A high efficiency furnace can save you money. Maybe. Then again, it may not. While the top-of-the-line furnaces may boast an annual fuel-utilization efficiency (AFUE) of 96 percent, losing only 4 percent of its energy, factors can come into play to greatly decrease their efficiency. Let’s pretend, for the moment, that it’s a perfect world with no foul factors at play and estimate your potential savings.
Your Furnace Decision
Let’s say you need a new furnace and are debating between a $2,000 furnace with 80 percent AFUE and a $3,000 high efficiency furnace with 96 percent AFUE. Say the price includes installation and related costs.
Your Annual Heating Bill
Pretend it would take 500 therms each year to heat your Denver home with the 80 percent AFUE furnace, and the cost of each therm is $1. Your annual heating bill with the 80 percent AFUE furnace would be $500.
Decrease the bill by 16 percent to account for the high efficiency furnace’s rating of 96 percent AFUE. You save an annual $80, for a yearly heating bill of $420.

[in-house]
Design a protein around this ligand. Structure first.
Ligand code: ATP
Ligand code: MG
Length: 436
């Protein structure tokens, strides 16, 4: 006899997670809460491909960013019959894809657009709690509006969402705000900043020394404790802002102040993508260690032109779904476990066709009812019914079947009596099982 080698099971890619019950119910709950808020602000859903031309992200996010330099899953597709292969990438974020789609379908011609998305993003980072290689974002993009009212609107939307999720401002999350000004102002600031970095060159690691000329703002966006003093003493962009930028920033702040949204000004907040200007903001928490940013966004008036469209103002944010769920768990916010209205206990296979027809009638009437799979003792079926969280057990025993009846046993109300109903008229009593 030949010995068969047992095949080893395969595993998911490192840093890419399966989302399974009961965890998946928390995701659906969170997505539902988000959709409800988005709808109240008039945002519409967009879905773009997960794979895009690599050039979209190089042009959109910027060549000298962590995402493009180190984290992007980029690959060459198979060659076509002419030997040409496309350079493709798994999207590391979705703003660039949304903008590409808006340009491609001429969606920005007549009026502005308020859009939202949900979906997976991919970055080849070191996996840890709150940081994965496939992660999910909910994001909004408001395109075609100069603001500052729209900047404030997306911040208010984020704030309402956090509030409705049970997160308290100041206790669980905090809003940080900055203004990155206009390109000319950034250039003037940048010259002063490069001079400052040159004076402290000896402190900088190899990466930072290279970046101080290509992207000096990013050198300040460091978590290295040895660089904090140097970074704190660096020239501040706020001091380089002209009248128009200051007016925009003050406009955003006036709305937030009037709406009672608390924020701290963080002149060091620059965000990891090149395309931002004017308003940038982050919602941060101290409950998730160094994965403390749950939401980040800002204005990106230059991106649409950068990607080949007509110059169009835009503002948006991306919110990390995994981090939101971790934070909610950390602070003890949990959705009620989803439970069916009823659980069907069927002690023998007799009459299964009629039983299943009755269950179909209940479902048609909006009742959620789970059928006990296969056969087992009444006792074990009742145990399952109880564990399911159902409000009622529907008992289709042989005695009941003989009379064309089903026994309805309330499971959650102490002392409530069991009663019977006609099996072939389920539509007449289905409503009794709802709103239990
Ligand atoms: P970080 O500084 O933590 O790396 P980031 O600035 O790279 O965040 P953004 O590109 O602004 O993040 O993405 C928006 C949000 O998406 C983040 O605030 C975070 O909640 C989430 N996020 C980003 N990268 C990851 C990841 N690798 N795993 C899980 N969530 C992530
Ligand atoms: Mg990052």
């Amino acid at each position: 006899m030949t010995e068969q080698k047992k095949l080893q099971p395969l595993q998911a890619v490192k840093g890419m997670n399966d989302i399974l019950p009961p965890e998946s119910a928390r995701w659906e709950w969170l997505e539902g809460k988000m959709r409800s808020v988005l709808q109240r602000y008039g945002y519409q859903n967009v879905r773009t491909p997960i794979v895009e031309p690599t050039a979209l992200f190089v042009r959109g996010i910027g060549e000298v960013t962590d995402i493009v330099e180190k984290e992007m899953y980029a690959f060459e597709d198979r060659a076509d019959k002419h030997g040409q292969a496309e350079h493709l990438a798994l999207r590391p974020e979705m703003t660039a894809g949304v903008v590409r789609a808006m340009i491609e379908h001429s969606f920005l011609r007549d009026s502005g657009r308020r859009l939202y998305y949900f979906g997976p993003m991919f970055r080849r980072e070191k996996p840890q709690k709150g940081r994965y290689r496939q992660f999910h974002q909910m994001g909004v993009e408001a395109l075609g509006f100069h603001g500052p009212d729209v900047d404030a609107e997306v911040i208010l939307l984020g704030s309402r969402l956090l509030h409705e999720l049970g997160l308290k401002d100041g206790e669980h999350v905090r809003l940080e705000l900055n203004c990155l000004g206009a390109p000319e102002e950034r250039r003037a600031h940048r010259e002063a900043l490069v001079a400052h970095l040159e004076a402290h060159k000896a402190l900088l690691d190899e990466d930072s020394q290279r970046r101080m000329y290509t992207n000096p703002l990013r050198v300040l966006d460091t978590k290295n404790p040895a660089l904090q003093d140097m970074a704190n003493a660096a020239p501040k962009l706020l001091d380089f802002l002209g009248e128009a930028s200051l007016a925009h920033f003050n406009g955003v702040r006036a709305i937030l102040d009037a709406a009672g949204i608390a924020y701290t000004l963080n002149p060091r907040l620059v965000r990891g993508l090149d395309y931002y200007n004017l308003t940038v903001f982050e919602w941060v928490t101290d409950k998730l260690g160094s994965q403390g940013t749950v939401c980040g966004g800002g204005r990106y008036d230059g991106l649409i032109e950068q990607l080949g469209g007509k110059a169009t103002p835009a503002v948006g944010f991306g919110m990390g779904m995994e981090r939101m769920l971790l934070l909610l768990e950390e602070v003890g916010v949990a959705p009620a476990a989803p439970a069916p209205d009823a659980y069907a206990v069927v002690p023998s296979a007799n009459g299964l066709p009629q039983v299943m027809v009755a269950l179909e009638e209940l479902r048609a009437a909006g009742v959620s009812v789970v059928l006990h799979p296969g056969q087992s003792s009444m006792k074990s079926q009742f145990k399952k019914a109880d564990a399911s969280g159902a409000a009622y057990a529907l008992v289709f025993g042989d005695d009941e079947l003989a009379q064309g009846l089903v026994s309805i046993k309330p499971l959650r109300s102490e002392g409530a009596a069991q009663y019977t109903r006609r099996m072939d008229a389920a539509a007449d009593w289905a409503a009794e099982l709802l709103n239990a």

Other Furnace Related Costs
You still have to account for the cost of the new furnace and its expected lifespan. The 80 percent AFUE furnace costs $2,000. Comparable high efficiency models typically run about $1,000 to $1,200 more than their less efficient cousins. As noted, we’re estimating your 96 percent AFUE furnace costs $3,000.
Now calculate the 15-year cost of each furnace, inclusive of your annual heating bill. Do this by multiplying your annual heating bill by 15 and adding the cost of the furnace.
The furnace with 80 percent AFUE would cost a total of $9,500 to heat your Denver home for the next 15 years.
The high efficiency furnace with 96 percent AFUE would cost $9,300.
The high efficiency furnace wins, no? Not so fast.
Foul Factors at Play
The aforementioned foul factors that can come into play include a shoddy installation job. Poor installation issues can effect both systems. Stats say nearly half the new HVAC equipment installed in U.S. homes don’t work up to their full potential due to poor installation. Leaky ducts, improper air volume and the wrong size equipment are part of the equation, so make sure you opt for a quality HVAC pro to install your new furnace to reap the full benefits and savings it may bring.
If you have further questions about high efficiency furnaces, Indoor Air Quality would be glad to help. Contact Us Today.
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